Wordplay is very difficult to translate from one language to another, especially between two languages which have very different grammatical structures like French and English. The English translation of the wordplay is enjoyable, but one can’t help wondering whether it is an accurate translation (and whether such a thing is possible) or an acceptable anglicized one, and how much more beautiful the French version must be. Zazie and many other characters also seem to speak in a regional dialect of French and that contributes a lot to the atmosphere, the style, the mood and the humour in the story. The translator has attempted the impossible task of rendering this in English, and one can’t stop admiring her heroic effort, but it is also hard to avoid the sneaky feeling of despair that this is a fool’s errand.

A few times, Queneau sneaks in some philosophical passages, without revealing his intentions – we are not sure whether we should contemplate seriously on them or whether we should laugh aloud because of the underlying, understated humour 🙂 One of my favourites of these philosophical passages was this one :

“Being or nothingness, that is the question. Ascending, descending, coming, going, a man does so much that in the end he disappears. A taxi bears him off, a metro carries him away, the Tower doesn’t care, nor the Panthéon. Paris is but a dream, Gabriel is but a reverie (a charming one), Zazie the dream of a reverie (or of a nightmare) and all this story the dream of a dream, the reverie of a reverie, scarcely more than the typewritten delirium of an idiotic novelist.”

Zazie in the Metro‘ is a rip-roaring, irreverent comedy from the beginning to the end with wonderful wordplay. Zazie, with her sharp wit and repartee, wisdom beyond her age, and the ability to annoy grown-ups effortlessly with her intelligent retorts and quick wordplay, is one of the cool, stylish characters in fiction. ‘Zazie in the Metro’ is probably very different from other Raymond Queneau books, because the Raymond Queneau who wrote this book was not the nerd Queneau, the ‘intellectual and polymath of the highest order’ who founded the Oulipo group. The Raymond Queneau who wrote this book was a person who loved fun, who loved humour, who loved wordplay, and who revealed his boyish, fun side to us through this book. I enjoyed very much seeing this side of Raymond Queneau. This book was adapted into a film too, and it was well-received when it first came out. I want to watch that sometime.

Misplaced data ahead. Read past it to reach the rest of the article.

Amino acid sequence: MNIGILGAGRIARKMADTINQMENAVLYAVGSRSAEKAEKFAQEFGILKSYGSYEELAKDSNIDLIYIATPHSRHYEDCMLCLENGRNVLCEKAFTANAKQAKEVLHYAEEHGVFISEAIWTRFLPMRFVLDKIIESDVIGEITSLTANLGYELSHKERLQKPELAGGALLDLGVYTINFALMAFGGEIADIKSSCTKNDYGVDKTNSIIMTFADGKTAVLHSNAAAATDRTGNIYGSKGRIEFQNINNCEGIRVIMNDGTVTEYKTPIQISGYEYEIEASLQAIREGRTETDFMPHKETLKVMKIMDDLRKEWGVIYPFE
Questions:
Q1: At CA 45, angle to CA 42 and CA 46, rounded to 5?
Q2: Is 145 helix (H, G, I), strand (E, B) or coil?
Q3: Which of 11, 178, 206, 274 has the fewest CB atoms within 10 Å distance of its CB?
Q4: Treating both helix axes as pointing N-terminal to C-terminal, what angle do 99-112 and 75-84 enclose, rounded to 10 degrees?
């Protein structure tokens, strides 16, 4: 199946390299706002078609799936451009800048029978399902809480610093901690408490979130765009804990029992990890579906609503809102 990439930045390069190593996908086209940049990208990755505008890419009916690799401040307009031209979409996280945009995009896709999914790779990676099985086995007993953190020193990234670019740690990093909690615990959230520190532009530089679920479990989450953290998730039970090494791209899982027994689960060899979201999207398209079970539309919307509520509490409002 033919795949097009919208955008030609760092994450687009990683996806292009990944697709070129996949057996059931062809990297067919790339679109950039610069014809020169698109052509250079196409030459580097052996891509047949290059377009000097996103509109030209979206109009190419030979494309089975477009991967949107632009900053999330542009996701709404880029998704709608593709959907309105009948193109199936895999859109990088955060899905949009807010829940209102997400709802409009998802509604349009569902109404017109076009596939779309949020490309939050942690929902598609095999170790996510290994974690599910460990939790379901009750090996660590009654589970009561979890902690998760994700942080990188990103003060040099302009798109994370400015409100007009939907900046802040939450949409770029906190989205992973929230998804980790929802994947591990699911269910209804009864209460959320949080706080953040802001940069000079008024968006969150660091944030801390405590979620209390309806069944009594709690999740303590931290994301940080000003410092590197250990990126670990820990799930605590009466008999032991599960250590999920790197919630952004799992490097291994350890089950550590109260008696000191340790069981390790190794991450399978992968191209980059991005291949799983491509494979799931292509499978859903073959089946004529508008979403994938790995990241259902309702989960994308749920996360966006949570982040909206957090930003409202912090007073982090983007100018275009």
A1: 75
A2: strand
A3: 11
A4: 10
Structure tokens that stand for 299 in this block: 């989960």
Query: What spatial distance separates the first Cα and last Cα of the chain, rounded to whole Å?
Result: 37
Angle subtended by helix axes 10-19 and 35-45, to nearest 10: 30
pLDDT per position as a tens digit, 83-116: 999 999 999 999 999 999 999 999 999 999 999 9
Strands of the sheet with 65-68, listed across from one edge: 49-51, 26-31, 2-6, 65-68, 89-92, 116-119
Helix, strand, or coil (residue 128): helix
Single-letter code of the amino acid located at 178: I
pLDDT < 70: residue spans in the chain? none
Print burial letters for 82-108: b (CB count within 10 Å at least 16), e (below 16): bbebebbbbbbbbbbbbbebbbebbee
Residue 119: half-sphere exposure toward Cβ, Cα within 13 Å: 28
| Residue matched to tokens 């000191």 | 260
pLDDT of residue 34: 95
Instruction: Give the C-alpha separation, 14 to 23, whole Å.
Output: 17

Have you read ‘Zazie in the Metro‘? What do you think about it?

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I have wanted to read Raymond Queneau’sExercises in Style‘ for many years. I finally got around to reading it today.

Raymond Queneau was one of the founders of the literary movement called Oulipo. Writers who were members of this movement, experimented with the structure of the novel and extended it into new territory. In ‘Exercises in Style‘, Raymond Queneau tells a story in the first page in two short paragraphs. Then, in the rest of the book, he tells this same story in 98 different ways. So there are 99 different versions of the same story here. While retelling these stories in those infinite different ways, Queneau plays with perspective, with prose, with language, with grammar, with literary form. In some versions of the story, the differences between the new version and the original version are so stark, that it is fascinating. There are, of course, some versions that I liked more than the others. You can read some of my favourites in the pictures below.

Matt Madden took inspiration from Queneau’s original idea, and created a one-page comic, and then retold the same story in 98 different ways and compiled them into a book called ‘99 Ways to Tell a Story : Exercises in Style‘. In principle, it is a book which is similar to Queneau’s, but because Madden adopts the comic form, it is also very different and fascinating in its own way. I have shared some of the stories in the pictures below so that you can experience them for yourself.

The third thing I wanted to write about was that Margaret Atwood did something similar many years back. She wrote a story in one paragraph. Then she wrote different versions of it and each version was very different and very fascinating. The whole thing was called ‘Happy Endings‘. I am sharing that too in the pictures.

Raymond Queneau’s book was pathbreaking because he was probably the first to do something like this. It is so hard to believe that it came out in 1947, because it feels so modern, and it is still quite fascinating to read. Matt Madden’s book will appeal to modern audiences because it employs the comic form. Margaret Atwood’s version is an education in the art of storytelling. I loved all three.

Have you read any of these books / stories? What do you think about them?